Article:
I've been using SELinux for years, and I can't remember the last time I had an alert that wasn't caused by some badly-written program trying to do something it had no business doing. For that matter, it's been the best part of a year since I've had an alert. If you don't want to use it, that's up to you, but I'm happy to have it.

Comment Re:This has nothing to do with piracy (Score 1) 266

I don't think so. My thought is that there's probably a large number of people who still want to play the old version of WoW and would be willing to pay a monthly subscription to do so. It might be worth Blizzard's while to find out if there are enough people out there that want to play the older game instead of the latest and greatest to make putting some servers back up for them profitable.

Comment Re:This has nothing to do with piracy (Score 1) 266

Blizzard does not care about private servers for an old game.

Very true, but they're being short sighted here. If there are 800k users who still want to play the old version, Blizzard should bring back some servers to host the old-style game and rack in the subscription fees. In fact, if I owned stock in the company, I'd be at the next stockholder's meeting asking some pointed questions about why they're throwing this revenue stream away instead of taking advantage of it.

Comment Re:Err on the side of caution (Score 1) 55

The key word is "control".

Yes. Exactly. This is why there are Mosquito Abatement Districts where I live not Elimination Districts.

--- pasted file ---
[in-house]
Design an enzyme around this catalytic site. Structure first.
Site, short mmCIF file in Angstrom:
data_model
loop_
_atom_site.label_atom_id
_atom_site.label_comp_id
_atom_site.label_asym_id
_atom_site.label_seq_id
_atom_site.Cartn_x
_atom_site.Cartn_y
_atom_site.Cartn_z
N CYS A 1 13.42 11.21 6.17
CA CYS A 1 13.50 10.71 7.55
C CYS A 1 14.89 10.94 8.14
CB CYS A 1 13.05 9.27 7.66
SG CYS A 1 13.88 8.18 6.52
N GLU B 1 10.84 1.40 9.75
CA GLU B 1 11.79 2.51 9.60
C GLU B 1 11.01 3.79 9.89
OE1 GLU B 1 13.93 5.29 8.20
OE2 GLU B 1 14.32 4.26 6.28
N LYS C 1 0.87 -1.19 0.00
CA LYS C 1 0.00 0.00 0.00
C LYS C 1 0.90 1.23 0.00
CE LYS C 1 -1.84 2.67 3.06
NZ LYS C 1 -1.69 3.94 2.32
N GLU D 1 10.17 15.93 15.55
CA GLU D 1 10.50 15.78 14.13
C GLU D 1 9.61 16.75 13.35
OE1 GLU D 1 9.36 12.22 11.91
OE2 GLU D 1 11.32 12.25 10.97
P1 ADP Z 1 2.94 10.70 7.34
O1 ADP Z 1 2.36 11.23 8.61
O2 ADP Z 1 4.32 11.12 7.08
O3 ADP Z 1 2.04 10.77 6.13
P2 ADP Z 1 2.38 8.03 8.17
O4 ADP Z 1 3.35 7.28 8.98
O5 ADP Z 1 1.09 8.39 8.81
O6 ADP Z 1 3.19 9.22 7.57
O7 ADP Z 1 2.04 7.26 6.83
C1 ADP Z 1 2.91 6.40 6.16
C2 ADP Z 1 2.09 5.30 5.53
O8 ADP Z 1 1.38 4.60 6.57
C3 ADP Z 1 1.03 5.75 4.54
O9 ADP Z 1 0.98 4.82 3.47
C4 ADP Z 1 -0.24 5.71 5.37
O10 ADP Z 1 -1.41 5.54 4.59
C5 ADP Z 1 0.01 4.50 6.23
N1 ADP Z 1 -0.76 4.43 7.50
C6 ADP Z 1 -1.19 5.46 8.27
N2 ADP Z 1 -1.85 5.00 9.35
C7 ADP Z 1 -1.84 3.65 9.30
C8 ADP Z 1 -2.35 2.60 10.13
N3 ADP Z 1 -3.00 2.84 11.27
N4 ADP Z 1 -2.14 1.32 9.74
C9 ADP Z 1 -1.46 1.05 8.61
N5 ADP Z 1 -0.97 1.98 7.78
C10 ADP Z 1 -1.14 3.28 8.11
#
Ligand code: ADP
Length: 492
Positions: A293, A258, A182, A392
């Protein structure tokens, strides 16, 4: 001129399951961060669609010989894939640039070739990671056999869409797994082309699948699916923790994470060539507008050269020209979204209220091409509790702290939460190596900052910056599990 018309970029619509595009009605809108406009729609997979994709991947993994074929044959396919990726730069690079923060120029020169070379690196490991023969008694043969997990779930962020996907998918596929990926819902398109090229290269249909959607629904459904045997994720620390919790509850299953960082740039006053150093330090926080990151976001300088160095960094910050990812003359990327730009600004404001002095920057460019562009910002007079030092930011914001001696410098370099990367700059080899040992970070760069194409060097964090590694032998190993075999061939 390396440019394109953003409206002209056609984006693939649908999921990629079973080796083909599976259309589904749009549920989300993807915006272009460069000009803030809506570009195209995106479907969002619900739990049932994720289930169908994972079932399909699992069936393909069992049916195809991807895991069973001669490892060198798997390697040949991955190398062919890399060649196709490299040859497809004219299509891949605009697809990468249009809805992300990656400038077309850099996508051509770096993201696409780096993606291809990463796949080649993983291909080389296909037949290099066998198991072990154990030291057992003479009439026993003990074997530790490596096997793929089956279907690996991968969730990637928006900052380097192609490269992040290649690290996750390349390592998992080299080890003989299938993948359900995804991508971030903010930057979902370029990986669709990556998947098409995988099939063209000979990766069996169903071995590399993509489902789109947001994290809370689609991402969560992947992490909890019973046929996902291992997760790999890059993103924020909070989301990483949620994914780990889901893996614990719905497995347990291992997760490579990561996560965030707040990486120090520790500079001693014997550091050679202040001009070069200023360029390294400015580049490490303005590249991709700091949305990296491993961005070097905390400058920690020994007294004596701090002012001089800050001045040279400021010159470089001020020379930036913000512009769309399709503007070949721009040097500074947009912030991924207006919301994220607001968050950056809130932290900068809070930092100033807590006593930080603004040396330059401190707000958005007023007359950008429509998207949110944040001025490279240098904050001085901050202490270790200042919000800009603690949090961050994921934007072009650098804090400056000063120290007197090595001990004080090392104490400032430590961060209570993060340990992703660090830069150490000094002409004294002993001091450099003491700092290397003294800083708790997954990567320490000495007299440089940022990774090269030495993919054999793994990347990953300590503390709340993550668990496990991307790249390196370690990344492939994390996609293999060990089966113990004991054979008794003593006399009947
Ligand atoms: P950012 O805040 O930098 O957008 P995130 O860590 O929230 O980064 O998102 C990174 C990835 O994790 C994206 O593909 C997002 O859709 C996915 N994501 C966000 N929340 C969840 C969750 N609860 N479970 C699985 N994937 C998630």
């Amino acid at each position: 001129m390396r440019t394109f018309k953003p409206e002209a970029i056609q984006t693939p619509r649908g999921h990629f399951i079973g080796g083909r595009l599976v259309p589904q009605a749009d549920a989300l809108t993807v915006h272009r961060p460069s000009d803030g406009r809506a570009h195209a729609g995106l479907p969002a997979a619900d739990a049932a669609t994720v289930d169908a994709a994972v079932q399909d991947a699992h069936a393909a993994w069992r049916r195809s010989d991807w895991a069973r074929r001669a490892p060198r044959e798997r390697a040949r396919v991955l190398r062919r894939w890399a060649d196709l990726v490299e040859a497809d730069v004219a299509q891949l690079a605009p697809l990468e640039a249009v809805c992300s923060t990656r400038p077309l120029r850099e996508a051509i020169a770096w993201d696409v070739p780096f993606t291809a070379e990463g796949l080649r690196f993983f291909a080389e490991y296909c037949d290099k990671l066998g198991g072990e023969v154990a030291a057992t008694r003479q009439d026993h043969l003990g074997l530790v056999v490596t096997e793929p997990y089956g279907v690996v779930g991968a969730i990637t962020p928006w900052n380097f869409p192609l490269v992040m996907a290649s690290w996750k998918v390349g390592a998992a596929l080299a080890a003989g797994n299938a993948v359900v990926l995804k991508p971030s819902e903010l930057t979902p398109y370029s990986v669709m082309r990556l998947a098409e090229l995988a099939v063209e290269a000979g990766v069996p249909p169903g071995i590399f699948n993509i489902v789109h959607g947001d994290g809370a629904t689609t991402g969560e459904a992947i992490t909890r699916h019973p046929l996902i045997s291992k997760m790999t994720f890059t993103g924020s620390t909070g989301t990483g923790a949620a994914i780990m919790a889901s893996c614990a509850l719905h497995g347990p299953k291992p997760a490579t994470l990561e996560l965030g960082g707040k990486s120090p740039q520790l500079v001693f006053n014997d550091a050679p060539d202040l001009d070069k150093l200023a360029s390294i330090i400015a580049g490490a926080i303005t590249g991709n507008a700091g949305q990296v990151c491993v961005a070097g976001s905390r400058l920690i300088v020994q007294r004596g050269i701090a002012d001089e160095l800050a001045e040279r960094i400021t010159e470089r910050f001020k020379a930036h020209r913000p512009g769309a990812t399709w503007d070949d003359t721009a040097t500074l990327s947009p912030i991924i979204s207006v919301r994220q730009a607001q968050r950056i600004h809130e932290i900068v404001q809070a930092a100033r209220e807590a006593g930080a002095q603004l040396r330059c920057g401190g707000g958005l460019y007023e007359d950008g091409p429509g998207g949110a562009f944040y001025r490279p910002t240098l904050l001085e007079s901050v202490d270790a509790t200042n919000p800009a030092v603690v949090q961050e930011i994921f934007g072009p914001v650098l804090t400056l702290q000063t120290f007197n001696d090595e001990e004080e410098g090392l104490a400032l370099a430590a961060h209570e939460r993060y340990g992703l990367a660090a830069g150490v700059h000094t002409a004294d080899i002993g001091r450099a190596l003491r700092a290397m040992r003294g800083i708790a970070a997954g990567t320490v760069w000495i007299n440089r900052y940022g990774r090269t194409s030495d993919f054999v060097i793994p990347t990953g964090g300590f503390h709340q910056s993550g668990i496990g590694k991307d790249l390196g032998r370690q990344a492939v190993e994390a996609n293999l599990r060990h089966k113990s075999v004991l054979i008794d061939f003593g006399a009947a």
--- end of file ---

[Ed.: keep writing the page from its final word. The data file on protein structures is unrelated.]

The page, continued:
And they do a very good job, too. Back when I was young, in the '50s, mosquitoes were quite a problem in the San Fernando Valley. If there was the slightest gap in the window screens, you'd wake up with at least four or five new bites every morning until you either patched the screen or at least made sure that window was closed at night. Now, if you get more than two or three bites per year it's unusual. You may not be able to eliminate them, but that's no excuse for not even trying.

Comment Re:Err on the side of caution (Score 1) 55

Zika on the other hand is carried by mosquitoes and anywhere the type of mosquitoes that can carry it are endemic it will be a threat.

Most parts of the USA that have mosquitoes also have measures in place to control and/or eliminate them, some more effective than others. I would hope that those measures would help control this, along with other mosquito born diseases.